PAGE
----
I’m a big fan of the designs of the new Faber Modern Classics – which includes Self-Help (1985) by Lorrie Moore – even if the criteria for selection is a bit unclear. Do Ariel, Look Back in Anger, and The Remains of the Day have anything in common? I shouldn’t have thought so, but I suppose Oxford World’s Classics and Penguin Classics don’t have much in common across the series.
Anyway, even if the selection of titles is a bit bizarre (and, sadly, the quality of the paperback doesn’t quite live up to the design), this is still a really intriguing new series. Thanks for sending me this book, Faber! Self-Help had been on my radar for a while, so I thought I’d pick it up to celebrate its 30th anniversary. (I’m kinda terrified every time something celebrates its 30th anniversary this year, because yours truly will be doing the same thing come November…) Oh, and Moore was younger than me when this was published.
Things I didn’t know about Self-Help #1: it’s short stories. I’d assumed, being a shallow type, that it was a self help book, or at least personal essays. The line between short stories and personal essays might be rather slim, of course: every protagonist in Self-Help is more or the less the same person. Their names change and their families and situations change a bit, but they are all intelligent, self-deprecating, introspective, wry young American women. Basically, they’re all (one assumes) Lorrie Moore.
And that kinda works. I’m not a fan of the exclusively-write-about-what-you-know school (A.L. Kennedy responds to this advice brilliantly, which I quoted when I reviewed On Writing) but here it seems ok; the stories come together to form a single snapshot of a certain sort of person at a specific time.
And the stories themselves? The tone is often self-help style, as the title suggest. For example…
Make attempts at a less restrictive arrangement. Watch them sputter and deflate like balloons. He will ask you to move in. Do so hesitantly, with ambivalence. Clarify: rents are high, nothing long-range, love and all that, hon, but it’s footloose. Lay out the rules with much elocution. Stress openness, non-exclusivity. Make room in his closet, but don’t rearrange the furniture.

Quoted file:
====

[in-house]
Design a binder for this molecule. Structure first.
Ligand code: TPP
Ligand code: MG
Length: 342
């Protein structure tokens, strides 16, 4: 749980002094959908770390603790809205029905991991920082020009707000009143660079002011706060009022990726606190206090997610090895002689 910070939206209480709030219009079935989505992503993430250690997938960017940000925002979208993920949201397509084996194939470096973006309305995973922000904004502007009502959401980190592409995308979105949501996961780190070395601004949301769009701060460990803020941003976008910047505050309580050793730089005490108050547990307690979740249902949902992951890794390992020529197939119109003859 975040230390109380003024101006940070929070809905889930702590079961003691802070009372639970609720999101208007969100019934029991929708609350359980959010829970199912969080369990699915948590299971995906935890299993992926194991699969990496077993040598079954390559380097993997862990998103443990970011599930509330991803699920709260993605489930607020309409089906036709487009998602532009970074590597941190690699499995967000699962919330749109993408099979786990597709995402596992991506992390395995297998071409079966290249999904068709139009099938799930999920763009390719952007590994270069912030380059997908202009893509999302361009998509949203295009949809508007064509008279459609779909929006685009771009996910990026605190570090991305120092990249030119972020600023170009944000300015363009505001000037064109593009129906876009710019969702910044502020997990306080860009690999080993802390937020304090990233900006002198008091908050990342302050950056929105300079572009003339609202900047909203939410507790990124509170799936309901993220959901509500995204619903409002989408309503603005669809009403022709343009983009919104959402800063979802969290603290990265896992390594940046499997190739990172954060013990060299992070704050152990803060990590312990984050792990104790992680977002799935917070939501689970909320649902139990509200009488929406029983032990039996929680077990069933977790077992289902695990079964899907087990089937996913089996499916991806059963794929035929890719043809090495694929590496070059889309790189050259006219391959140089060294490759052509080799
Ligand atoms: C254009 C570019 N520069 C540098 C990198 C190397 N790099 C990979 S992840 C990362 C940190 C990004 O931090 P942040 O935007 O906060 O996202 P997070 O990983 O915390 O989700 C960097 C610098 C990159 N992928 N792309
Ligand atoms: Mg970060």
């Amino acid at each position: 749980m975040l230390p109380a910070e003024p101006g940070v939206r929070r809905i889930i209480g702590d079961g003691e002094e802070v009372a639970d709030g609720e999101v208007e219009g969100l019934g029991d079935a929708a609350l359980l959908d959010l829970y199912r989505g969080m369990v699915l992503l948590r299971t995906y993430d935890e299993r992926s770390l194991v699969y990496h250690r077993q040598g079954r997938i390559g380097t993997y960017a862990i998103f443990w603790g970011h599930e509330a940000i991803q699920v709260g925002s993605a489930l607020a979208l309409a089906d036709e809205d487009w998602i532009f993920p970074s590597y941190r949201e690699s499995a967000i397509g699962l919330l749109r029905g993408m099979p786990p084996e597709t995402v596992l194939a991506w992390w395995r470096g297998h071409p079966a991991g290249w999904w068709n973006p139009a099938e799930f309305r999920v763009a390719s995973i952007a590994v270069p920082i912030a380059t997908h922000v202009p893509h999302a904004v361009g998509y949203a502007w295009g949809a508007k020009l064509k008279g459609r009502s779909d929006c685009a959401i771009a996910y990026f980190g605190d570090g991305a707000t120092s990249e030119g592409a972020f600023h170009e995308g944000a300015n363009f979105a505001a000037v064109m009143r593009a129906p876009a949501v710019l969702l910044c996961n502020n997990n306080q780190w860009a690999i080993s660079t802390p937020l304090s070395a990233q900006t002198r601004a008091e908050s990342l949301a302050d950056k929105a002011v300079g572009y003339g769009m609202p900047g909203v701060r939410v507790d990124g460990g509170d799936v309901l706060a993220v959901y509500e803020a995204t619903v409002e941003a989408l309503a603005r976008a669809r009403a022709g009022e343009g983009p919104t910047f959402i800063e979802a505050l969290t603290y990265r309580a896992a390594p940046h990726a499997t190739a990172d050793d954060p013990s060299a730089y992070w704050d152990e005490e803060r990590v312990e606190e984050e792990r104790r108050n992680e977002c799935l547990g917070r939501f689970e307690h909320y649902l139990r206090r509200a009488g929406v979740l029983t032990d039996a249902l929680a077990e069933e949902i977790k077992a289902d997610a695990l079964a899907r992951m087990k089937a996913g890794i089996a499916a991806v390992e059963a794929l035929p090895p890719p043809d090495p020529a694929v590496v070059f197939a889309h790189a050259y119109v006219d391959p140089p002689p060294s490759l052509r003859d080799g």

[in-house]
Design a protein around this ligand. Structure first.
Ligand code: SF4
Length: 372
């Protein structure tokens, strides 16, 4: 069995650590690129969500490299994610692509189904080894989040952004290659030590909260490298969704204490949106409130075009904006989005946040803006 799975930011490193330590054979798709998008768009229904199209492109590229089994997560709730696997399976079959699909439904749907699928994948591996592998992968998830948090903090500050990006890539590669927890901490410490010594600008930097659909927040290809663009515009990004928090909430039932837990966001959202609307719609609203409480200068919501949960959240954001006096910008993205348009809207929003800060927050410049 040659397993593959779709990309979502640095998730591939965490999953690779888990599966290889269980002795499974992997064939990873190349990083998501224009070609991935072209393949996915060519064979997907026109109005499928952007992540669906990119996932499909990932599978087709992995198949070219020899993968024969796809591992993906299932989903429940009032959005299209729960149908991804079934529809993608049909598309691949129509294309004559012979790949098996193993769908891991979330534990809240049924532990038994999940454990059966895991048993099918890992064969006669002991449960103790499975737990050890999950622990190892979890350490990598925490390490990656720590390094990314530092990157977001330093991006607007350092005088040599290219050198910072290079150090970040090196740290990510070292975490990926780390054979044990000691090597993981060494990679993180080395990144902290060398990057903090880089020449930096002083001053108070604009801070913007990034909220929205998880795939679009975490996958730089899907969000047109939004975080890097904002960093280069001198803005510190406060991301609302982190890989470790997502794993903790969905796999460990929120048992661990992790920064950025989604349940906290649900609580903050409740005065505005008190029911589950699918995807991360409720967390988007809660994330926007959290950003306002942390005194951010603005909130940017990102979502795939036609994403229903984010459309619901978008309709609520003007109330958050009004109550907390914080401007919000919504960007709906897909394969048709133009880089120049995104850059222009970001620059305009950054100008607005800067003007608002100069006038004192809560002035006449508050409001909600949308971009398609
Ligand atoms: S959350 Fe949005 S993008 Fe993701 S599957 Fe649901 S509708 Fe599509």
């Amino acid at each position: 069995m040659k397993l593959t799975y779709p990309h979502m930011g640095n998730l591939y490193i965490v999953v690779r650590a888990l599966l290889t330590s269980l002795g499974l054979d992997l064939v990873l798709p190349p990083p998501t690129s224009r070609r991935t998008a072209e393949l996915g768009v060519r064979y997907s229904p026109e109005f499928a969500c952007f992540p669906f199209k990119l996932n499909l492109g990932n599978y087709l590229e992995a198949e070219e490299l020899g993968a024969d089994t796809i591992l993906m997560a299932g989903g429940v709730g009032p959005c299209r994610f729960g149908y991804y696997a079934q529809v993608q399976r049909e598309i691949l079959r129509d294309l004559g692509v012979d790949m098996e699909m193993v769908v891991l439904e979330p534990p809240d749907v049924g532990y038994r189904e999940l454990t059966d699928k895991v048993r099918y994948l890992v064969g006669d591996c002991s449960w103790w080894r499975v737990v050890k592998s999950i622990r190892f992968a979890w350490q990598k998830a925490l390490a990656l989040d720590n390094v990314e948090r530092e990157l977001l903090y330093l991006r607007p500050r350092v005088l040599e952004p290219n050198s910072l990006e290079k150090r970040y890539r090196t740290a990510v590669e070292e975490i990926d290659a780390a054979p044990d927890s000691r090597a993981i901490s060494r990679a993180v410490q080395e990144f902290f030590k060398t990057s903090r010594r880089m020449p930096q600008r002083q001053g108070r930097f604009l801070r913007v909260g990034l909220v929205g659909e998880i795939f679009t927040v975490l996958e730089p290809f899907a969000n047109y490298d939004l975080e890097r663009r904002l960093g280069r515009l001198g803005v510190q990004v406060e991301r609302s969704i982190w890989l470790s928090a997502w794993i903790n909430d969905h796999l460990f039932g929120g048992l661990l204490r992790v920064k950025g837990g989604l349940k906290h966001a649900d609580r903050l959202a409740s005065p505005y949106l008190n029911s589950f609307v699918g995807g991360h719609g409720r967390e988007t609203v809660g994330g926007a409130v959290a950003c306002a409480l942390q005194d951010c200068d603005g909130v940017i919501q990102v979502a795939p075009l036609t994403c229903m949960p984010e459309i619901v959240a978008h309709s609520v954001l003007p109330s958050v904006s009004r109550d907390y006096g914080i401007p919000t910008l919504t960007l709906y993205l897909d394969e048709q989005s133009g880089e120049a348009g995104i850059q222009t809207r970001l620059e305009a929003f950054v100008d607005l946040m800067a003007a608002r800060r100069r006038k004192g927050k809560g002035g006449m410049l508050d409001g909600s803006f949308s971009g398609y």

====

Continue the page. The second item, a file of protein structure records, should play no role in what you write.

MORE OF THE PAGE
The first one, ‘How to Be an Other Woman’, is perhaps most representative of the collection as a whole; many of the stories deal with unsatisfying or disintegrating relationships, and this story does exactly what it says: it’s a sombre look at the mechanics of being ‘the other woman’, looking brazenly at the situation without any attempt to find either a moral or a silver lining. It’s also probably my second favourite story in the collection.
My absolute favourite was ‘How To Become A Writer’, because – it’s about being a failing writer. It’s a bit melancholy, but rings true with anybody who feels like there is a writer inside of them somewhere… without, somehow, feeling self-indulgent on Moore’s part, perhaps because of the wit and (again) self-deprecation:
Later on in life you will learn that writers are merely open, helpless texts with no real understanding of what they have written and therefore must half-believe anything and everything that is said of them. You. however, have not yet reached this stage of literary criticism. You stiffen and say “I do not,” the same way you said it when someone in the fourth grade accused you of really liking oboe lessons and your parents really weren’t just making you take them.
All things considered, there is a lot to like in Self-Help – but it does feel a bit like a writing student trying an extended experiment. It’s clearly a first book, and I’d be interested to see how Moore’s writing developed – particularly when she started considering perspectives other than her own life. As, I’m sure, she did…?